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Vegan Wine

July 17, 2019

 

As you may know all of our wines are vegan at the wine keg co, but what is vegan wine? Why isn’t all wine vegan? It’s just made of grape juice right? Well yes, sort of, but here’s the thing…

 

When you make wine you only need some grapes and some yeast. Crush up the grapes and get the juice and introduce it to some yeast. The yeast eats the sugars in the juice and the by product is a tasty alcohol and juice mix called wine! Yes I know this is an extremely simple explanation, but I’m not a scientist and nor are most people, so this is the best way to explain what I mean simply.

Traditionally the problem for lots of wine makers is that the chemical process of converting yeast into alcohol leaves suspended particles in the wine; it wouldn’t hurt to drink wine like this, the proteins and dead yeast cells are just hanging around in the wine minding their own business.

 

However, they do make the wine look a bit hazy. Drinkers don’t generally want that because people might think it’s not clean or nice to drink. We tend to want a clear, shiny drink and not one that looks a bit like Grandads old bath water, so the wine maker clarifies the wine.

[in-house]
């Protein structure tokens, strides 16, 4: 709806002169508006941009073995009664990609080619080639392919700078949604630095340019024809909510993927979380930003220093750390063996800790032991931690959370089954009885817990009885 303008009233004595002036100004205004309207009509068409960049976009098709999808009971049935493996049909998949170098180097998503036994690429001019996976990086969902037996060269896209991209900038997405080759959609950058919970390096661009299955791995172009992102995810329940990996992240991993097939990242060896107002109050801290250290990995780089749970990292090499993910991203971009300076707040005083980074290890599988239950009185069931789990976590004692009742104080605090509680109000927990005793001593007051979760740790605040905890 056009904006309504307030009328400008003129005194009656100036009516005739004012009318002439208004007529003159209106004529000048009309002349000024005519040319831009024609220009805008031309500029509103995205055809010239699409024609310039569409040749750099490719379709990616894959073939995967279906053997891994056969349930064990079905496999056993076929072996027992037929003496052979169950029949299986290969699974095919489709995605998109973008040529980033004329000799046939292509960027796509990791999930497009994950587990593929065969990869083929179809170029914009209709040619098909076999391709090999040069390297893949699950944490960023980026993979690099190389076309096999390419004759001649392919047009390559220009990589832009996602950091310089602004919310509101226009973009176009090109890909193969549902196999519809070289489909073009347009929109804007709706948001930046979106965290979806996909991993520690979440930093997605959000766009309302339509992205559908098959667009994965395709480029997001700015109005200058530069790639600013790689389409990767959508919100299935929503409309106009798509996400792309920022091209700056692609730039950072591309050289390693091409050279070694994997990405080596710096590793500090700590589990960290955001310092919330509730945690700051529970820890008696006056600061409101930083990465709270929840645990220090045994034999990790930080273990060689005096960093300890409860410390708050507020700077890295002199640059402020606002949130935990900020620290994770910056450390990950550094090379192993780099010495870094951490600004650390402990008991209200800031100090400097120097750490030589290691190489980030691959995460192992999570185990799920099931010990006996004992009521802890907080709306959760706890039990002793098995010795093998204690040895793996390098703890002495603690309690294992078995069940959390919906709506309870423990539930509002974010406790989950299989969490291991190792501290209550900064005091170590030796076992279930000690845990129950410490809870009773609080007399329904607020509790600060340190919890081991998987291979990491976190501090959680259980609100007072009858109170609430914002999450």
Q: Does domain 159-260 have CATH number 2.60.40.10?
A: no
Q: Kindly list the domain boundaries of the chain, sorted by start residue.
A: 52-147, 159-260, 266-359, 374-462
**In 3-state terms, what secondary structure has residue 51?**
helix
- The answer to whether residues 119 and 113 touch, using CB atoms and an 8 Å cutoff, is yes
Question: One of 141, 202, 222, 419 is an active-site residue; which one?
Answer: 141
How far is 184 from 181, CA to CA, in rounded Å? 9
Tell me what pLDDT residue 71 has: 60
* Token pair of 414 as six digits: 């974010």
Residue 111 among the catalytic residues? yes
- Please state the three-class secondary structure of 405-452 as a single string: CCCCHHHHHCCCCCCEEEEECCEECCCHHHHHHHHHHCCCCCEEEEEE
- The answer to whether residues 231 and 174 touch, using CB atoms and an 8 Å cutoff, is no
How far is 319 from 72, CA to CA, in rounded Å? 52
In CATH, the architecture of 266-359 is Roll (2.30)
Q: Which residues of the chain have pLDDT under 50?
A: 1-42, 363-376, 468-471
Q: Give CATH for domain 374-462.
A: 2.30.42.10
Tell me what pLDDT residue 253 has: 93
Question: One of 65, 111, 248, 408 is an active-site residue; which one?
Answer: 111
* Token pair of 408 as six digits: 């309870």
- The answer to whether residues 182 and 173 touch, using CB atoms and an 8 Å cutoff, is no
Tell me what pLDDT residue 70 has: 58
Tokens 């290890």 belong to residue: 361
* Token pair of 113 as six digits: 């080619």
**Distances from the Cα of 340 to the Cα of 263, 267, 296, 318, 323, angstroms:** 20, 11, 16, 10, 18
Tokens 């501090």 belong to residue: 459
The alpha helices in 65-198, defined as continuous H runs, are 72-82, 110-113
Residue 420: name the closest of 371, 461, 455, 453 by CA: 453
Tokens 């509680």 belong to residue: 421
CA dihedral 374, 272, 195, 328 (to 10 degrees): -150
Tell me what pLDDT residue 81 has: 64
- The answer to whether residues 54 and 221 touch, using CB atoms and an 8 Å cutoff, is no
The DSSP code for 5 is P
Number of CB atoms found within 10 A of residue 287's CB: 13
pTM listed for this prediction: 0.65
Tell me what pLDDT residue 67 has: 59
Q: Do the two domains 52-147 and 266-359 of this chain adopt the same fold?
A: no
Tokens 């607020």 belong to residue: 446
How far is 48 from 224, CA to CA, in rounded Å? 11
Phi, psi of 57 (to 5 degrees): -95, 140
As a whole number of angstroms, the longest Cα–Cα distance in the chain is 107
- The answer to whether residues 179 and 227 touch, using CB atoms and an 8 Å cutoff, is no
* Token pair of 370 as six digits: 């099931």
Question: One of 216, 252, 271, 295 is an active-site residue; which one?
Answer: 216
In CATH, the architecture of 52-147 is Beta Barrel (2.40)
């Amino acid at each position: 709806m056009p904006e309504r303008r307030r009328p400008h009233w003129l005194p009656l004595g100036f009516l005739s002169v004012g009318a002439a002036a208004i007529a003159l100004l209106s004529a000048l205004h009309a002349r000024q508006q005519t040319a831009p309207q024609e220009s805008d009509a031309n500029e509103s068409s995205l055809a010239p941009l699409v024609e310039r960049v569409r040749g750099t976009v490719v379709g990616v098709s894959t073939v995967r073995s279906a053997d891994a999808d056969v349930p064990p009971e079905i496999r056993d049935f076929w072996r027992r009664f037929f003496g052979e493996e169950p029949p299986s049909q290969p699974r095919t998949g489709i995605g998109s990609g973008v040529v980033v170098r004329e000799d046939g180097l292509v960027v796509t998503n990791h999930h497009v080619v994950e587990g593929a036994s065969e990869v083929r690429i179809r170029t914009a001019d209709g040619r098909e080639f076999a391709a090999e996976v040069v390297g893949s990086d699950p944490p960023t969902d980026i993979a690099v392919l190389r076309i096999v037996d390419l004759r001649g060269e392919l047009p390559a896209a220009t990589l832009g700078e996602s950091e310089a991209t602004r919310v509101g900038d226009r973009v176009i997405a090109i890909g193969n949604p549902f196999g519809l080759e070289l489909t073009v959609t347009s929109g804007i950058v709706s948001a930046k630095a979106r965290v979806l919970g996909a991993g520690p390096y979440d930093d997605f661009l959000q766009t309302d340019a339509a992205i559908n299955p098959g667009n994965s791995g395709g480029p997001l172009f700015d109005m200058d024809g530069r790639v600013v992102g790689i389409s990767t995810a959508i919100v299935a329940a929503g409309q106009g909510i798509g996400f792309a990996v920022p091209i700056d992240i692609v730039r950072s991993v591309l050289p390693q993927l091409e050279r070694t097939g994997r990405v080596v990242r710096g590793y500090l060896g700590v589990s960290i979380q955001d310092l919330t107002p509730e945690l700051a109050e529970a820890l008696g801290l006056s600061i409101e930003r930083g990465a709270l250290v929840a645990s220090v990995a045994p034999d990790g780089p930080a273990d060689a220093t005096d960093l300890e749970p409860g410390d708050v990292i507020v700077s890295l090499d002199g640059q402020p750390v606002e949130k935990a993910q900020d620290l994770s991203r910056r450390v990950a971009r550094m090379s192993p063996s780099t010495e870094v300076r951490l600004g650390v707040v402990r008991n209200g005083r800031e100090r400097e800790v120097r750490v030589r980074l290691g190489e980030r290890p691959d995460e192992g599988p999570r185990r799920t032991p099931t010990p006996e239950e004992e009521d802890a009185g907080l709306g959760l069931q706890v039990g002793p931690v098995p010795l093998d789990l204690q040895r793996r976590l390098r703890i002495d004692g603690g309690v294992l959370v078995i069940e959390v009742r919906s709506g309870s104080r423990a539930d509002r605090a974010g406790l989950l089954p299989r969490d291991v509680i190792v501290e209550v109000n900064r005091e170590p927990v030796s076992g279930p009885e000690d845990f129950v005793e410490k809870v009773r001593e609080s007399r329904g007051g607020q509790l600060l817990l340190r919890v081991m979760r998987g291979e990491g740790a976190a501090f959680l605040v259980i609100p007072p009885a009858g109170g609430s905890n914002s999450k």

In lots of instances, the winemaker will introduce a protein into the wine. The reason is that the hazy stuff in the wine (suspended particles) want to bind on or cling, or “flocculate” to the introduced protein. This becomes heavy within the juice and so it slowly drops to the bottom of the tank whereupon the wine maker is left with a clear and shiny wine.

 

It is the introduced protein that is the difference between whether or not the wine is vegan. Winemakers sometimes use casein a milk derived protein (not vegan), albumen, an egg- based protein (not vegan) or isinglass, derived from the dried swim bladders of fish (definitely not vegan!)

At the wine keg co, we have carefully chosen wines that have been clarified using potato protein and other vegetable protein. This is becoming more and more common so expect to see many more vegan wines available on the market. I hope that helps explain about why some wines are vegan and some are not.

 

 

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